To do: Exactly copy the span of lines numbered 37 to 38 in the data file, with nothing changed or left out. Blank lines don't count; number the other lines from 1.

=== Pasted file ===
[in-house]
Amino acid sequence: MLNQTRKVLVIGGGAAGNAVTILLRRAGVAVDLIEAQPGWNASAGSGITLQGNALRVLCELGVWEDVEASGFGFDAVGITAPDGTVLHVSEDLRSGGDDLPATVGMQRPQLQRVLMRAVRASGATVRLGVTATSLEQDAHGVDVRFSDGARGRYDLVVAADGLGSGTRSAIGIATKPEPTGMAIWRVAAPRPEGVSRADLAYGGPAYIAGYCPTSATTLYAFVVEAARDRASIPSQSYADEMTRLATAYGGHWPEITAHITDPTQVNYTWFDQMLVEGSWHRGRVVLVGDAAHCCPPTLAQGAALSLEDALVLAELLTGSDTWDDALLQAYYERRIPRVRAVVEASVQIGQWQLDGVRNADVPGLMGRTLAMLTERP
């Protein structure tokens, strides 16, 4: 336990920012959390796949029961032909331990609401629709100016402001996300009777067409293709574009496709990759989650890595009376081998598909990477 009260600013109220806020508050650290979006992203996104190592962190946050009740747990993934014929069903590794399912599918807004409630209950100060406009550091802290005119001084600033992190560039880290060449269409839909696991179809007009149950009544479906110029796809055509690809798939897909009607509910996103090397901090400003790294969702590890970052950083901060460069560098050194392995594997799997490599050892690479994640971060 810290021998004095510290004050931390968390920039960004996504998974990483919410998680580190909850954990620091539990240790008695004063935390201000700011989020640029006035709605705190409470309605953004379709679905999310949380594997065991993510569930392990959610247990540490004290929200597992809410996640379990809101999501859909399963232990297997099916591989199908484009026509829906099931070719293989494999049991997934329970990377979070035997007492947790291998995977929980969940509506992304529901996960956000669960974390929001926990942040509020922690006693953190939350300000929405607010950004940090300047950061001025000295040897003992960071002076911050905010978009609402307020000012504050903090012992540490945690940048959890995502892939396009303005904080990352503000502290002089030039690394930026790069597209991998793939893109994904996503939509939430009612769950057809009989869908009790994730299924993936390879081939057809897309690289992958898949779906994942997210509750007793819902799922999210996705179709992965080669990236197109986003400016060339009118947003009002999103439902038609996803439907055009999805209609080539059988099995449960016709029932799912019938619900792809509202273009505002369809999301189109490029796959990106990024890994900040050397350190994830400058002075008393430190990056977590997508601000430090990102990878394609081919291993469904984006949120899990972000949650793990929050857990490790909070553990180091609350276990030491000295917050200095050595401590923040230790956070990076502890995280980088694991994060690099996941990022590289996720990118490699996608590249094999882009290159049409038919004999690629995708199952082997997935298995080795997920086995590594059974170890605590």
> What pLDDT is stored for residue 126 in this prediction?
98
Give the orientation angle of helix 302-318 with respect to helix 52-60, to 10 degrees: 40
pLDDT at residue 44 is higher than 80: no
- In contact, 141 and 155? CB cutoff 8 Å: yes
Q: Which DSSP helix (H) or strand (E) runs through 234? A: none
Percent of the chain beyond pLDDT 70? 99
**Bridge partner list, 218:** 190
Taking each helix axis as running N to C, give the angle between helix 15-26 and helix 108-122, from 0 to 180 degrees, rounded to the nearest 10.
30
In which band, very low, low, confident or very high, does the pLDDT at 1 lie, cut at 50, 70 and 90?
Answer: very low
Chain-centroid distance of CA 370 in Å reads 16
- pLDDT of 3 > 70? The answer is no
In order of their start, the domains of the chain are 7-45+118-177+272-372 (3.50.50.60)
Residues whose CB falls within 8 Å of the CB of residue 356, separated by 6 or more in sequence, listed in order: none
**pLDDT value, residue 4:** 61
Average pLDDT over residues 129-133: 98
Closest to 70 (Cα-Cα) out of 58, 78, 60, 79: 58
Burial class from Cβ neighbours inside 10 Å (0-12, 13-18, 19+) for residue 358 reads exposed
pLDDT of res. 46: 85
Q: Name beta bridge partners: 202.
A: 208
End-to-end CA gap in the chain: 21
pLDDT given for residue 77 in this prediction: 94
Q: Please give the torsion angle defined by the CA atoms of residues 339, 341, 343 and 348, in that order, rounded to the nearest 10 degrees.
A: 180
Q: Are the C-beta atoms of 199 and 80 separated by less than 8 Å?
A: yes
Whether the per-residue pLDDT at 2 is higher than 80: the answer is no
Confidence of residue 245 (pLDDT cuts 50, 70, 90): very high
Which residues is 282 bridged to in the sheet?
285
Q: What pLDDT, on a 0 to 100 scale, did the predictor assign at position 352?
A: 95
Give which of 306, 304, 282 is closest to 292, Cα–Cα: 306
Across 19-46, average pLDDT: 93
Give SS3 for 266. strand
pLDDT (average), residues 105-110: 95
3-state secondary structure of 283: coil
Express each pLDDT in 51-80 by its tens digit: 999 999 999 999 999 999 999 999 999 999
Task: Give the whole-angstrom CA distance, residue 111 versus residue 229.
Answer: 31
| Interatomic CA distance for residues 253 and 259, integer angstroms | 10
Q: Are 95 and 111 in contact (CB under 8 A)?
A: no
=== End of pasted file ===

Q: What pLDDT, on a 0 to 100 scale, did the predictor assign at position 352?
A: 95